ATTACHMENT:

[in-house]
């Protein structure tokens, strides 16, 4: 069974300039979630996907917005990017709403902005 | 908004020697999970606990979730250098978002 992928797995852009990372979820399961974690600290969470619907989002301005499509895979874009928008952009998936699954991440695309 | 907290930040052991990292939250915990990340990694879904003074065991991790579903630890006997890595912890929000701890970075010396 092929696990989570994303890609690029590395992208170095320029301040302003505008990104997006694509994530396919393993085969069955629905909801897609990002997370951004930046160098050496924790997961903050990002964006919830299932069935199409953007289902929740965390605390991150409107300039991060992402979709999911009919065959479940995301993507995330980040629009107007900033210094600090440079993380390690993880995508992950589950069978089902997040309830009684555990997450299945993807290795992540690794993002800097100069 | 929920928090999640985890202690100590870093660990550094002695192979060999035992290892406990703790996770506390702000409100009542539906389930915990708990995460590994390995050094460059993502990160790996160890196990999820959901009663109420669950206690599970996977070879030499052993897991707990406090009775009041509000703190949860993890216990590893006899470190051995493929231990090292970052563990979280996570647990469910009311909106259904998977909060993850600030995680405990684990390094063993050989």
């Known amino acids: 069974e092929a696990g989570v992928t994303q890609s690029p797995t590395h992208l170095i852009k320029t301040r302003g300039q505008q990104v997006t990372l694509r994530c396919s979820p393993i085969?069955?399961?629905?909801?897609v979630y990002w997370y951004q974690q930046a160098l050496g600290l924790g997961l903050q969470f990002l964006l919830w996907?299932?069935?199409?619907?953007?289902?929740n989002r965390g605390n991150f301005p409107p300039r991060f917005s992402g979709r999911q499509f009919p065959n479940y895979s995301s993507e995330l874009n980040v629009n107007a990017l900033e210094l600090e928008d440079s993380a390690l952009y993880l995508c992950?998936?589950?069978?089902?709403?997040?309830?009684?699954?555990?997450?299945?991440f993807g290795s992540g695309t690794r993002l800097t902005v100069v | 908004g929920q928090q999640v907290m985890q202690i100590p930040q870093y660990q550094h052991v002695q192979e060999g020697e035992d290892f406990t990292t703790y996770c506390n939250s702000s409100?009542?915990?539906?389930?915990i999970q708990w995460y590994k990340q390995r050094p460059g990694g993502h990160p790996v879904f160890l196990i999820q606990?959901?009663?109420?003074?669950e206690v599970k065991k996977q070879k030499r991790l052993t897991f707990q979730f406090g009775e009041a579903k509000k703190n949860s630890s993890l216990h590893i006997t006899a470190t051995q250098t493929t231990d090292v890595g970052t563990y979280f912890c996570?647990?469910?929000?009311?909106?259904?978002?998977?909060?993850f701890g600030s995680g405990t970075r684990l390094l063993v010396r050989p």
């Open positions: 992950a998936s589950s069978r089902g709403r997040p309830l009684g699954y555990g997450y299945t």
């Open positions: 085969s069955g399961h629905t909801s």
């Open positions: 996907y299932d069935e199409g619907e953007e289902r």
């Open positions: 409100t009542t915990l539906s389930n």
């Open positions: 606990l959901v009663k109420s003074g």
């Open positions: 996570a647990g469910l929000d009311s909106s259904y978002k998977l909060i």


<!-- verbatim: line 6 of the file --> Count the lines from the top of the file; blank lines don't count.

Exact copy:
């Open positions: 996907y299932d069935e199409g619907e953007e289902r």